I’m not sure what exactly lead me to consider the title of a book that I almost read a long time ago called One Thing You Can’t Do in Heaven by Mark Cahill. It was at a weekly meeting of Campus Crusade when I was still a Protestant that this book was mentioned, or perhaps it was at TCX. Either way, I thought about it today and considered two things after reading some of the comments on the page linked above: the first being that the premise of the title of the book is faulty, and the second being a misplaced emphasis on the importance of evangelization in our personal salvation.
FLASHING CAUTION LIGHT!!! I did not say that evangelization should not be emphasized, but…
There is a certain brand of Christianity, of which I used to belong, that seems to, both in practice and in word, express the belief that the main point of our salvation is to bring the Gospel to others. This is false. The end game is the Beatific Vision. The Catechism teaches:
Faith makes us taste in advance the light of the beatific vision, the goal of our journey here below. Then we shall see God “face to face,” “as he is.”
The Baltimore Catechism taught that the entire purpose of life is to know, love, and serve God in this life, so that we can be happy with him in heaven.
Now this is not to undermine the importance of evangelization, which is very important and is currently blazing in a beautiful fire of renewal in the Church, and is something I hope to be taking a greater part in over the next couple of years.
This is what the Catechism has to say:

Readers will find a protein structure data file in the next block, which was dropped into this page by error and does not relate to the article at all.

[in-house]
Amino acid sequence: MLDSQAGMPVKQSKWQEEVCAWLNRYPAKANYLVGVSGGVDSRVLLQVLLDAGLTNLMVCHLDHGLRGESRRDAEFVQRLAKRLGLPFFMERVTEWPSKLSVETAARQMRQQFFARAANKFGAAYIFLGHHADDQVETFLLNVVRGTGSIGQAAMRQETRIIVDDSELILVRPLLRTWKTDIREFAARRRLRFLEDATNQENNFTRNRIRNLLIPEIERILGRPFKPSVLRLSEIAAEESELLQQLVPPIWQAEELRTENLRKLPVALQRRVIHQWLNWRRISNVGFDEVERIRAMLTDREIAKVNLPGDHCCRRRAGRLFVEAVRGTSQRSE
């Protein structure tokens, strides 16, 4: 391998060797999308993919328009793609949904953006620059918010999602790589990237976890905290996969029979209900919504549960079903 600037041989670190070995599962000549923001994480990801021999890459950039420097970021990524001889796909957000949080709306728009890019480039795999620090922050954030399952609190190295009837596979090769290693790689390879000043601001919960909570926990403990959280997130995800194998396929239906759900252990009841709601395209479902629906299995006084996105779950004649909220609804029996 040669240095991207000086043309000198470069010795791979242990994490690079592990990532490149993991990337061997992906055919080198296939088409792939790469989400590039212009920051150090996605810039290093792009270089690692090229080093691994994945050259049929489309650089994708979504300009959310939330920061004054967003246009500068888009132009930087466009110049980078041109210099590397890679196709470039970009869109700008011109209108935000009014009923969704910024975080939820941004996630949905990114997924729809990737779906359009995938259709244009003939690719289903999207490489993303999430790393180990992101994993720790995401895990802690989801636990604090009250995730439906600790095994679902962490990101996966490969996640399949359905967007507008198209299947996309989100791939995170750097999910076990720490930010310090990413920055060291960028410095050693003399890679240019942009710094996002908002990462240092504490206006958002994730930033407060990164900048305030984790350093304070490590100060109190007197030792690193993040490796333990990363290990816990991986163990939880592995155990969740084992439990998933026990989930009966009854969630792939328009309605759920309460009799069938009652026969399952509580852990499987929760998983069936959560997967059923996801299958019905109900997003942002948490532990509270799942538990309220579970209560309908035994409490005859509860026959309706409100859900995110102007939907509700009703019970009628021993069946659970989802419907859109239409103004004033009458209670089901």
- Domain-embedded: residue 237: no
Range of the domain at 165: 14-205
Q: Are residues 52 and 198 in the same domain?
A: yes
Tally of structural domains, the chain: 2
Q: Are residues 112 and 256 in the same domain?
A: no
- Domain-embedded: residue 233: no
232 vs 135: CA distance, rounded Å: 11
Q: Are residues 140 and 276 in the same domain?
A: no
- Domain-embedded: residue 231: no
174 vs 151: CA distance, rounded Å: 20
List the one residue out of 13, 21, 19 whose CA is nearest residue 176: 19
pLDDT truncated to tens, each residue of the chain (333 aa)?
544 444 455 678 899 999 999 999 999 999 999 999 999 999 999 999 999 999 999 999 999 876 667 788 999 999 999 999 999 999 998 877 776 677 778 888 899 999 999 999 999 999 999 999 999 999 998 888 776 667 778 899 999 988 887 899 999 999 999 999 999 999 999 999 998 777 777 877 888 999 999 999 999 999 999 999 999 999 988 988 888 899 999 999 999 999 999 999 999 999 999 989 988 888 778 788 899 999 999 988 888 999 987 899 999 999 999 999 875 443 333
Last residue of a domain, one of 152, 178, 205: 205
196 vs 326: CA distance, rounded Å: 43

“Having been divinely sent to the nations that she might be ‘the universal sacrament of salvation,’ the Church, in obedience to the command of her founder and because it is demanded by her own essential universality, strives to preach the Gospel to all men”: “Go therefore and make disciples of all nations, baptizing them in the name of the Father and of the Son and of the Holy Spirit, teaching them to observe all that I have commanded you; and Lo, I am with you always, until the close of the age.”
Again, though, the purpose of our salvation is to know God here so that we may love him more there. I wish that this had been properly emphasized back in my Evangelical days.
The other thing that I mentioned is that the premise of the title of the book is faulty. Now in full disclosure I openly and readily admit that I have not read the book (nor do I have any desire to). But this post is not really about the book, but is about the premise, which is: that evangelization is something we cannot do in heaven [on a side note, is this position a concession by Evangelicals that intercession of the Saints is possible?].
This is just not true. The largest evangelization event in the history of the world stemmed from a visit from the Blessed Mother in Mexico in the sixteenth century, with over 8 million conversions over the following 10 years. The power to evangelize and convert the world is only heightened in heaven, not eliminated. While most of us will not visit earth after death in an apparition, our power to pray for, and influence the lives of our loved ones and our nations and peoples will be beyond what we can accomplish in this mortal, limited body.
To summarize: I write this to remind us that salvation is first and foremost to reconcile us to God so that we may know him and love him in order to prepare ourselves to spend eternity with him. Evangelism comes second to that fundamental purpose, without which, salvation is entirely a waste of time. And I seek to remind us that in heaven there is no limitation to what we might accomplish for the will of God, that our power to pray for others is strengthened and our ability to speak to the depths of the hearts of the lost is deepened in the abyss of his mercy which makes us like him (1 John 3:2-3).